On Tue, Feb 25, 2014 at 08:45:15PM -0800, Hugh Dickins wrote:
> On Wed, 26 Feb 2014, Dave Chinner wrote:
> > On Tue, Feb 25, 2014 at 03:23:35PM -0800, Hugh Dickins wrote:
> > > Of course I'm interested in the possibility of extending it to tmpfs;
> > > which may not be a worthwhile exercise in itself, except that it would
> > > force us to face and solve any pagecache/radixtree issues, if possible,
> > > thereby enhancing the support for disk-based filesystems.
> > >
> > > I doubt we should look into that before Jan Kara's range locking mods
> > > arrive, or are rejected. As I understand it, you're going ahead with
> > > this, knowing that there can be awkward races with concurrent faults -
> > > more likely to cause trinity fuzzer reports, than interfere with daily
> > > usage (trinity seems to be good at faulting into holes being punched).
> > Yes, the caveat is that the applications that use it (TVs, DVRs, NLE
> > applications, etc) typically don't use mmap for accessing the data
> > stream being modified. Further, it's much less generally useful than
> > holepunching, so when these two are combined, the likely exposure to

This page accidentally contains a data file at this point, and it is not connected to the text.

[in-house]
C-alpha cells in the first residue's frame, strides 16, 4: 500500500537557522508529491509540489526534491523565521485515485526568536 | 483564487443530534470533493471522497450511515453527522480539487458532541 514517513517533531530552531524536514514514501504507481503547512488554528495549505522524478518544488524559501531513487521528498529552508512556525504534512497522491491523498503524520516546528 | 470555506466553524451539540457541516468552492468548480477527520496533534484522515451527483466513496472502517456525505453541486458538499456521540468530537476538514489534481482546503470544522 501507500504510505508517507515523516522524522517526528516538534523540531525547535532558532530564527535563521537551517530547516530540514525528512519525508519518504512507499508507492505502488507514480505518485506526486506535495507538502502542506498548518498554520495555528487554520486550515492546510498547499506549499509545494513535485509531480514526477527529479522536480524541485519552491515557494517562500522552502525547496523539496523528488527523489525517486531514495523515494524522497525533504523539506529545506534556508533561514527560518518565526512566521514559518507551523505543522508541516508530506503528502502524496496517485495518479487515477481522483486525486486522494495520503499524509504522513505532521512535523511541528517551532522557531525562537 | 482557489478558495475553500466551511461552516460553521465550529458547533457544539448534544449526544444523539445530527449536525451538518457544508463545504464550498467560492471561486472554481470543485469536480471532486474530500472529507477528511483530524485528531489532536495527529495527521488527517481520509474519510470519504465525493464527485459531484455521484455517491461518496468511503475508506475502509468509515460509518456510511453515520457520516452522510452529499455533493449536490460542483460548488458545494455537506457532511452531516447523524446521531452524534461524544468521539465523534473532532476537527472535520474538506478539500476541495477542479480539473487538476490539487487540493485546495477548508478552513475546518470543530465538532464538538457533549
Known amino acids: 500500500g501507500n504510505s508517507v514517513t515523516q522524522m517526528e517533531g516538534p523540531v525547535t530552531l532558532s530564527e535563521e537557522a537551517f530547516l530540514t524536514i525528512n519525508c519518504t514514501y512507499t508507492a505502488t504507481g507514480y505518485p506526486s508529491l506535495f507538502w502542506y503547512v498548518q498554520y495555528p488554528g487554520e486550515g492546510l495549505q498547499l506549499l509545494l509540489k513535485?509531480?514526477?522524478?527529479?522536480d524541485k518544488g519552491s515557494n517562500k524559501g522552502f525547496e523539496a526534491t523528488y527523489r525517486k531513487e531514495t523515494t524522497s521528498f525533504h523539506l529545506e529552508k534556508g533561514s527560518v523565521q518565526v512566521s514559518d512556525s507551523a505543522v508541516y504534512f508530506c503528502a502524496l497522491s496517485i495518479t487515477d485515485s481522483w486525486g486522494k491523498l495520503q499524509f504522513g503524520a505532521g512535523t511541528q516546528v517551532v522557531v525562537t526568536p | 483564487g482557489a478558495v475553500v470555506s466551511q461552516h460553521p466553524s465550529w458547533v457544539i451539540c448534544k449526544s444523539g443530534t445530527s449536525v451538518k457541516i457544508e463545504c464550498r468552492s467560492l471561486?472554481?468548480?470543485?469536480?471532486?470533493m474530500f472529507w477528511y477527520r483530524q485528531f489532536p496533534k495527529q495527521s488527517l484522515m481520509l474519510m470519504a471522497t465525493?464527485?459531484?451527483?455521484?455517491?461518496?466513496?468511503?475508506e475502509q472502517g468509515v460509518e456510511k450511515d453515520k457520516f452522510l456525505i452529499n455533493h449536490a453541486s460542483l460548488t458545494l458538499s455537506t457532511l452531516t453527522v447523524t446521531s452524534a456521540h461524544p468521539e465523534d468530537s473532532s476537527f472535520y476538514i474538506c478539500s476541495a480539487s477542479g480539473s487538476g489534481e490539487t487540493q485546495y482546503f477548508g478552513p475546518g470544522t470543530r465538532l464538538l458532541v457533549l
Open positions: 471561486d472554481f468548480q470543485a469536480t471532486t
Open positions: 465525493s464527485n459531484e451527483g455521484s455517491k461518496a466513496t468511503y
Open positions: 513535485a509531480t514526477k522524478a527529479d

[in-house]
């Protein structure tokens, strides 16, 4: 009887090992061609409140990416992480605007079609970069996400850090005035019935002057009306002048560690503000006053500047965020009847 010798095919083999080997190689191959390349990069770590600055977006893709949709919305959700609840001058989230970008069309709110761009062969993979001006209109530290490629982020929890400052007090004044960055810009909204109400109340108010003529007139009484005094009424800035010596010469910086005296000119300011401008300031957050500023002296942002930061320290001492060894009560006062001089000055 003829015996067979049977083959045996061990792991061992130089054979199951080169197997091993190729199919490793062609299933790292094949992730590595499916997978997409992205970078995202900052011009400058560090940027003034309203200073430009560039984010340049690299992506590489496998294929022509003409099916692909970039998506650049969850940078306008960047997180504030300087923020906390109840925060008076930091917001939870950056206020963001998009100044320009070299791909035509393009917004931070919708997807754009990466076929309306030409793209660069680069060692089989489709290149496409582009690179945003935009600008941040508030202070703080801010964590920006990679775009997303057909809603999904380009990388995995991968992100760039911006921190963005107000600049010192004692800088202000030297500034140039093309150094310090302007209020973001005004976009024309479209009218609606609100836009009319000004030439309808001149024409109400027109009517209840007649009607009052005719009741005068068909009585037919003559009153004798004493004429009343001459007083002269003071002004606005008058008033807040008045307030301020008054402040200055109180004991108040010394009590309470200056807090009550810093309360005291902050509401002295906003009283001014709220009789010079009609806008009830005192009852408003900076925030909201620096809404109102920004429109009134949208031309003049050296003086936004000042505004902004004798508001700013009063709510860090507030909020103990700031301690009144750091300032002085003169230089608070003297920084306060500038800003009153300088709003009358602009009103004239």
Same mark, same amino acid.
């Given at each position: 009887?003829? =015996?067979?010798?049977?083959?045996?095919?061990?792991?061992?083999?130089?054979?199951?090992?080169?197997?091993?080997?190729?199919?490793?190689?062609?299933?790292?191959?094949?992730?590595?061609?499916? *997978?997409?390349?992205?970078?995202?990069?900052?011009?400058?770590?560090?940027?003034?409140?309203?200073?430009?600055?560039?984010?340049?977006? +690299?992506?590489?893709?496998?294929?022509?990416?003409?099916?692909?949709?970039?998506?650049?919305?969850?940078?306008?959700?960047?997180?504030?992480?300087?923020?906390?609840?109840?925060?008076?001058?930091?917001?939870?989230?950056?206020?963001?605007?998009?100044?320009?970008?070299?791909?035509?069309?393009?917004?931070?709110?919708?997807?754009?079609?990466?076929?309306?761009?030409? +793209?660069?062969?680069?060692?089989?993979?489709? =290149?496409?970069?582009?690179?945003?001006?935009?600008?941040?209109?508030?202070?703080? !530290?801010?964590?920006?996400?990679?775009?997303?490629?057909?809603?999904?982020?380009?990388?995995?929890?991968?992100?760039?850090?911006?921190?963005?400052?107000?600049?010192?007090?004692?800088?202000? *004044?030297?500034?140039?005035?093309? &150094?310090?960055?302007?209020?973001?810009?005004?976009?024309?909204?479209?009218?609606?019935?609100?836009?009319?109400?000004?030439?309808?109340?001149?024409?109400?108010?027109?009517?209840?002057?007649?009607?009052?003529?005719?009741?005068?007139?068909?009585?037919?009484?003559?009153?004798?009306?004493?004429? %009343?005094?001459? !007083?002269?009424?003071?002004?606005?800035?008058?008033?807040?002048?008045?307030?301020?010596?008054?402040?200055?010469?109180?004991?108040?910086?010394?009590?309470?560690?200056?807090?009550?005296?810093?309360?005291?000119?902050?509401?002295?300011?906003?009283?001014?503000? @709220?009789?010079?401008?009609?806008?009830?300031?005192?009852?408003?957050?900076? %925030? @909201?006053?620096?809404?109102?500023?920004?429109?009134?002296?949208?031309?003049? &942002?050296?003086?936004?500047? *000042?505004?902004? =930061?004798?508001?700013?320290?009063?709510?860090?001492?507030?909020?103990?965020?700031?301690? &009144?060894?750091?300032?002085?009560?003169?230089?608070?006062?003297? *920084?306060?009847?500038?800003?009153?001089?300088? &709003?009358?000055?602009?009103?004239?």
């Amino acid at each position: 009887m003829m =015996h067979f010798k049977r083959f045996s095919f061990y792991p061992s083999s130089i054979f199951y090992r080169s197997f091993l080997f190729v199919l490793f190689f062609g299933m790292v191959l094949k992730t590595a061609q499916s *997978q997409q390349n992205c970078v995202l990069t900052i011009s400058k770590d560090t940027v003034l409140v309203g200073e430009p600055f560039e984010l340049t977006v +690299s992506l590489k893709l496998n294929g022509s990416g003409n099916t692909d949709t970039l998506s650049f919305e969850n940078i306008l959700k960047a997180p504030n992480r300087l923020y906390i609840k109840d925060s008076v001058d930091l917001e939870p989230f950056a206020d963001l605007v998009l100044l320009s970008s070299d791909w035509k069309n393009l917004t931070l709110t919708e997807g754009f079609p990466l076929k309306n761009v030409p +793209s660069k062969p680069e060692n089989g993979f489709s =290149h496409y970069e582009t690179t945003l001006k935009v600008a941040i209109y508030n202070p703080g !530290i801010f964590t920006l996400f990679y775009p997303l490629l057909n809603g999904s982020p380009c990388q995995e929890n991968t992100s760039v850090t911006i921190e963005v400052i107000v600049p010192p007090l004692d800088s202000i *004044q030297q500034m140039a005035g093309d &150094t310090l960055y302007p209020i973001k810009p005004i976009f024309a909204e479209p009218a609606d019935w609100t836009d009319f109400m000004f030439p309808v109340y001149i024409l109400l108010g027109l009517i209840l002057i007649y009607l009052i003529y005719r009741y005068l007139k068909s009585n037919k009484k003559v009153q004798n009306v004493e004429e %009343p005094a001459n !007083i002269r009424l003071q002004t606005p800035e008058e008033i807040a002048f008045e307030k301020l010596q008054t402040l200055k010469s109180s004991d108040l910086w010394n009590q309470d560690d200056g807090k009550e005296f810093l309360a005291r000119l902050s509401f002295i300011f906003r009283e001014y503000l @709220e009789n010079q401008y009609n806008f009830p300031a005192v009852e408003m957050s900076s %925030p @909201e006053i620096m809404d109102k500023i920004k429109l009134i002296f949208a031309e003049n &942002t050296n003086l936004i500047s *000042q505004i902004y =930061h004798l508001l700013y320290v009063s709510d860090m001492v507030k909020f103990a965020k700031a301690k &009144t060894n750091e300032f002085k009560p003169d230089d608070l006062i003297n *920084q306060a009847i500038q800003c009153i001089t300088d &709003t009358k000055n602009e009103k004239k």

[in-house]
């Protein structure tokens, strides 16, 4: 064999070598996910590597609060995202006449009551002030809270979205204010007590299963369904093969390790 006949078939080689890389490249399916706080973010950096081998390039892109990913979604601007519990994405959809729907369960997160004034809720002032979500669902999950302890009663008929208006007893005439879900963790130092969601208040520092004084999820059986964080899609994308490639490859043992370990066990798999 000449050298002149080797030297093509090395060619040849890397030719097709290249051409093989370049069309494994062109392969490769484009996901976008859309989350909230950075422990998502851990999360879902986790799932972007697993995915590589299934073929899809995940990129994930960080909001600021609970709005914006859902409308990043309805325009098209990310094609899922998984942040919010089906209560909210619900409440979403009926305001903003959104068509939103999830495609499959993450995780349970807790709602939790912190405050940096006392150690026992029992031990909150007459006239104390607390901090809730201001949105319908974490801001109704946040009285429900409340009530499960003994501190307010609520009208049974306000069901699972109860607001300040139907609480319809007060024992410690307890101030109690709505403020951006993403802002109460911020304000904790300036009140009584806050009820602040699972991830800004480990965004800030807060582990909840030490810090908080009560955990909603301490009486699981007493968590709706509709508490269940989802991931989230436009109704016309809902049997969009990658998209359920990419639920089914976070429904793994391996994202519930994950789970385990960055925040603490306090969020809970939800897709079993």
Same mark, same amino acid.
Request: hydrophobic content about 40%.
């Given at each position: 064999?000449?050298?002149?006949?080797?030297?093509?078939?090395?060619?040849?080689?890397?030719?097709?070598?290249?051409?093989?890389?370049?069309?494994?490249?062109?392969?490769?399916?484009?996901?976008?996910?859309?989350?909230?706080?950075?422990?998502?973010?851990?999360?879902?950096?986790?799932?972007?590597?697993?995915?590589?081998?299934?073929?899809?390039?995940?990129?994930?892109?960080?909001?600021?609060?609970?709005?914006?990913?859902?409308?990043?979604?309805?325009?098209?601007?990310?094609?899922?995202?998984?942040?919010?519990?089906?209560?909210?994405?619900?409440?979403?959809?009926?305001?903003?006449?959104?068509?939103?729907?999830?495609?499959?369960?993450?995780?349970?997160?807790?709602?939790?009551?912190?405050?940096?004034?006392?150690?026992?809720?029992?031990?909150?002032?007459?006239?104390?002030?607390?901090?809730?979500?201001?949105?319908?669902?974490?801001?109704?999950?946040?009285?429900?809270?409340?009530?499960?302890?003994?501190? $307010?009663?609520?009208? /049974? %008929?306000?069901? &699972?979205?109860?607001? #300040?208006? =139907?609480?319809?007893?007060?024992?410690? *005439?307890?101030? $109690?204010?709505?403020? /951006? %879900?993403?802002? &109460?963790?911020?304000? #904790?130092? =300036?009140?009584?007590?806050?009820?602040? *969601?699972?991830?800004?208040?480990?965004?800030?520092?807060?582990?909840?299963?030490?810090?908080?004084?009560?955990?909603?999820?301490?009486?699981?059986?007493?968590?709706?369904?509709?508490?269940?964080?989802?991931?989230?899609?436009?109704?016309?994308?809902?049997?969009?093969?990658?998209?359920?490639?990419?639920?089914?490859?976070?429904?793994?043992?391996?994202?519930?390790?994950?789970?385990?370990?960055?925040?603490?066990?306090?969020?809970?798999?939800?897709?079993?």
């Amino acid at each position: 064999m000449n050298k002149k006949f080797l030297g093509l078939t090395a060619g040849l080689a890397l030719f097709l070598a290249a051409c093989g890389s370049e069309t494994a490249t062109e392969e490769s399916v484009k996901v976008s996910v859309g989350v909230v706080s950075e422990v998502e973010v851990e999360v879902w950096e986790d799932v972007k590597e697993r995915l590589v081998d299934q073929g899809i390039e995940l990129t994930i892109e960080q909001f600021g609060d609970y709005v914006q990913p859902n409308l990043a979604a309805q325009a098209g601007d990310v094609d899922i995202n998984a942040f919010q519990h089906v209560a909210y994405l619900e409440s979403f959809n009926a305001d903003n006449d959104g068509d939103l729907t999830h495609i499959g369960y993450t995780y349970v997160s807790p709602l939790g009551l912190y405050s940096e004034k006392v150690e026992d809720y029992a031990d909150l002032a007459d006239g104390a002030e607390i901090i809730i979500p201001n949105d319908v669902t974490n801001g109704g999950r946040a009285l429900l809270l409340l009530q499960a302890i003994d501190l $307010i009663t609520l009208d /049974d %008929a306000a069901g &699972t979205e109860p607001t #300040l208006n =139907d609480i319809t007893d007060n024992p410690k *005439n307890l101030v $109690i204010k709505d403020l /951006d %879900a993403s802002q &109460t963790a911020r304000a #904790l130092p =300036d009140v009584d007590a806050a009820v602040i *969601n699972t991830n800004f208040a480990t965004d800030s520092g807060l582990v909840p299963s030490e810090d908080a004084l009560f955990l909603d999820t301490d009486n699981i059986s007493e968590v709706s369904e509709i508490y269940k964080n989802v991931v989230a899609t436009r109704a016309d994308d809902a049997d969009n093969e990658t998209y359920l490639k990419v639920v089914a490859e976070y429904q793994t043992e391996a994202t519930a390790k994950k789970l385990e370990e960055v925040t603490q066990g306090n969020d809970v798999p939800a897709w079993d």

> > issues resulting from mmap deficiencies are pretty damn low.
> Agreed, but we do want to define how the interaction behaves, we want
> it to be the same across all filesystems supporting COLLAPSE_RANGE,
> and we don't want it to lead to system crashes or corruptions.
We have defined it. It's just a data manipulation operation that
moves file data from one offset to another. How a filesystem
implements that is a filesystem's problem, not a problem with the
ext4 and XFS implement it by removing all cached data and mappings
over the range from memory and then mainpulating extent status.
Other fileystems might be able to do similar things, or we might
just do an internal kernel read/write loop. And there's nothing
ruling out a hardware ior nework protocol copy offload being used to
implement an optimised data copy, either.
tmpfs is different in that it's only data store is the page cache,
so it needs to operate within the constraints of the page cache.
moving pages inside the page cache might be a new operation for
tmpfs, but it's not an operation that is needed by filesystems
to implement this file data manipulation.
> > > That's probably the right pragmatic decision; but I'm a little worried
> > > that it's justfied by saying we already have such races in hole-punch.
> > > Collapse is significantly more challenging than either hole-punch or